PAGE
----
The I-95 Economic Assessment Survey is Underway – We Want Your Feedback! (Link to Survey)
Economic Assessment for tolling I-95 to Begin
(Read the Press Release)
Economic Assessment of all financing options for I-95 to begin in June - NCDOT Creates Advisory Council to help Guide Process (Read the Press Release)
Environmental Assessment results (available here)
Statement from NCDOT Regarding Tolling on
I-95 in Virginia
RALEIGH - The N.C. Department of Transportation looks forward to working with Virginia in exploring options for improving the I-95 corridor.
Both North Carolina and Virginia were part of the Corridors of the Future Program, which brought together five states in the Southeast to cooperatively examine how to upgrade, modernize and improve the corridor from Virginia to Florida – with a sensitivity to the benefits and impacts on each of the partner states.
North Carolina last year began a two-year study to evaluate the needs of the 182-mile corridor from Virginia to South Carolina, define and prioritize necessary improvements, and identify ways to fund those improvements. Tolling is among the options under consideration. The study considers tolling at both borders and points between, and will take into consideration through-state traffic, as well as local-only usage.
The study will include revenue-sharing options among the states along the corridor. The study already has involved extensive consultation with local officials in communities along I-95, and there is plenty of opportunity for citizen input into the planning. The study is expected to be completed by the fall of 2011. North Carolina also has made considerable progress on the environmental, financing and operational planning for the project.
For more information about the North Carolina I-95 study, visit www.driving95.com.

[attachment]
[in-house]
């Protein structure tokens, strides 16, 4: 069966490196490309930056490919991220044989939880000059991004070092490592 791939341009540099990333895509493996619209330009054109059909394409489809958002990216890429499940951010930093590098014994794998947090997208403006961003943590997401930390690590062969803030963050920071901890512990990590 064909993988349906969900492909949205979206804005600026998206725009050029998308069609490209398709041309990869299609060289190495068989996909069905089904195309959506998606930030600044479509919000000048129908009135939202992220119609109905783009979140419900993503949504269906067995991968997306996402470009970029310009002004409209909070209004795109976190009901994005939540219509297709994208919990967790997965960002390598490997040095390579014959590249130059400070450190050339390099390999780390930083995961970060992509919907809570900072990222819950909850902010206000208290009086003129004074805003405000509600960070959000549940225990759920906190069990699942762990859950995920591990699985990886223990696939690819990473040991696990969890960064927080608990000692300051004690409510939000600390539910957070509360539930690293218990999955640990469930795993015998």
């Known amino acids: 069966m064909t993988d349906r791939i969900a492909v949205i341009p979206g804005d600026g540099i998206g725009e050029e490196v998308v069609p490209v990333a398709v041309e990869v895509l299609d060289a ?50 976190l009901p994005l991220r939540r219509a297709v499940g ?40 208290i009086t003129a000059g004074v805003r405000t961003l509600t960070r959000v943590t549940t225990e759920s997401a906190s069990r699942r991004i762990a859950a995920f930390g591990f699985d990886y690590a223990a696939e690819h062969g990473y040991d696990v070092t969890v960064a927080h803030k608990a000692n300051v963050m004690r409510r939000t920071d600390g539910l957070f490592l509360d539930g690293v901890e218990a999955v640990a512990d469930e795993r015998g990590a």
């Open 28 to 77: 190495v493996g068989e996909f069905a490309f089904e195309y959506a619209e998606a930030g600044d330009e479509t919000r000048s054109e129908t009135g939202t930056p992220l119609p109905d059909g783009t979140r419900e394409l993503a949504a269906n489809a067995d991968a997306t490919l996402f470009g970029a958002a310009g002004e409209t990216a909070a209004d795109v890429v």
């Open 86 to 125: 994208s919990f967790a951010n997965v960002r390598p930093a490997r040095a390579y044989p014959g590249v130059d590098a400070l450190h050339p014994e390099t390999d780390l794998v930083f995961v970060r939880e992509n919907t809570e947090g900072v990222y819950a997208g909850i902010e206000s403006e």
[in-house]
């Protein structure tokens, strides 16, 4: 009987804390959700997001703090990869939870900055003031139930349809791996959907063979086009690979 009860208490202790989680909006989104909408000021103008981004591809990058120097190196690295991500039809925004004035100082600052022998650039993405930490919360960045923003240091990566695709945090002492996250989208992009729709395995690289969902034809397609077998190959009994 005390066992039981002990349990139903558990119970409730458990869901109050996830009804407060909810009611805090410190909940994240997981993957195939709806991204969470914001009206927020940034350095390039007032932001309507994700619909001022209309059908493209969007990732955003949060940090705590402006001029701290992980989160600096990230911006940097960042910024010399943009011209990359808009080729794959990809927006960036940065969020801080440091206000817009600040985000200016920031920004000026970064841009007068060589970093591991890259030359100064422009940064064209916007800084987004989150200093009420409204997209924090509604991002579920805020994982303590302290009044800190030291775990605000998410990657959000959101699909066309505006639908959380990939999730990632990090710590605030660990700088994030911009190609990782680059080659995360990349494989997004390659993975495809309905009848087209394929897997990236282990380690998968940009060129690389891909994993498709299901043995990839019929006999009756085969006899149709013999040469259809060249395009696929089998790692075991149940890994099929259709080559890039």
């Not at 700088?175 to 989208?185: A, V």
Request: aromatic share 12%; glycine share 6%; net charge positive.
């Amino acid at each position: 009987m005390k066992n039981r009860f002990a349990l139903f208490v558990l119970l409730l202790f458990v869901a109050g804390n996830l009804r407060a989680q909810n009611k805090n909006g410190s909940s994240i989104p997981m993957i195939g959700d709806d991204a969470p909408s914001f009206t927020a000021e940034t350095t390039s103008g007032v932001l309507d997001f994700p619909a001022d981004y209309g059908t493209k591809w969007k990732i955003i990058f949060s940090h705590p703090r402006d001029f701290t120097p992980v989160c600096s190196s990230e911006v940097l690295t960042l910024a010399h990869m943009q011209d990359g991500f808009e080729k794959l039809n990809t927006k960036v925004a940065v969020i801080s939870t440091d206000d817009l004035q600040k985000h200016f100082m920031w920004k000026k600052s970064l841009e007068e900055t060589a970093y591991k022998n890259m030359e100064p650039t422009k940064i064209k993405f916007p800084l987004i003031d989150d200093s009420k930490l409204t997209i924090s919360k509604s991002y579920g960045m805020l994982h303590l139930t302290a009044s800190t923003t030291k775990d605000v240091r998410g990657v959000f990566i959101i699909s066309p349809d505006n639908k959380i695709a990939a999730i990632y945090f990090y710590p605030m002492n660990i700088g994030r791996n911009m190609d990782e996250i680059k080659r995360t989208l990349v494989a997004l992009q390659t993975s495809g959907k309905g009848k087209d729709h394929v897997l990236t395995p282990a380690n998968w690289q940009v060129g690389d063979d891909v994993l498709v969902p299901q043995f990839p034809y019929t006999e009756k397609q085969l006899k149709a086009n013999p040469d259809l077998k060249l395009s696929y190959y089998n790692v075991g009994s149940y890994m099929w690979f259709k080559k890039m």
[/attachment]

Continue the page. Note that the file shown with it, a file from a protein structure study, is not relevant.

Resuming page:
RALEIGH - The North Carolina Department of Transportation launched a new website today that will keep the public up to date on its ongoing I-95 Corridor Planning and Finance study.
The site, www.driving95.com, includes updates on the study’s progress, maps, social media links and key contacts. It also provides information on how citizens can be involved in the process.
The I-95 Corridor Planning and Finance study began in 2009. It focuses on how to improve the safety, connectivity and efficiency of I-95 as it runs through North Carolina. As part of the study, NCDOT created a public awareness campaign called “Driving95: What’s your view?” to encourage public participation in the project. The website is a part of that effort.
“The Driving95 website will allow the public to stay informed about the study and provide input,” said Craig Young, Project Manager for Baker Engineering, one of the consultants hired by NCDOT to conduct the study. “By connecting with citizens through the website and through social media outlets like Twitter and Facebook, NCDOT will be able to gauge the public’s opinion on how to best improve I-95 through North Carolina,” he said.
RALEIGH – North Carolina Department of Transportation officials want citizens who live near I-95 to help them determine the best way to improve the state’s major North-South highway.
NCDOT held a series of meetings in January along the I-95 corridor to introduce to local government and community representatives the I-95 Corridor Planning and Finance study, which will determine what needs to be done to improve the safety, efficiency and connectivity of Interstate 95 through North Carolina.
“We first wanted to inform people who have a real stake in the future of I-95 about the study and answer any questions they may have,” explains Kristine O’Connor, Project Manager for NCDOT. “The response was very positive and we look forward to increasing the level of citizen participation in this important project, ” she said.
The I-95 Corridor Planning and Finance study encompasses the entire length of I-95 in North Carolina and, when concluded in the fall of 2011, will provide NCDOT with a master plan for the future development of I-95 in North Carolina. This is a high-level study and will not directly result in construction projects once it is completed. NCDOT has chosen Baker Engineering and PBS&J to work jointly on the study.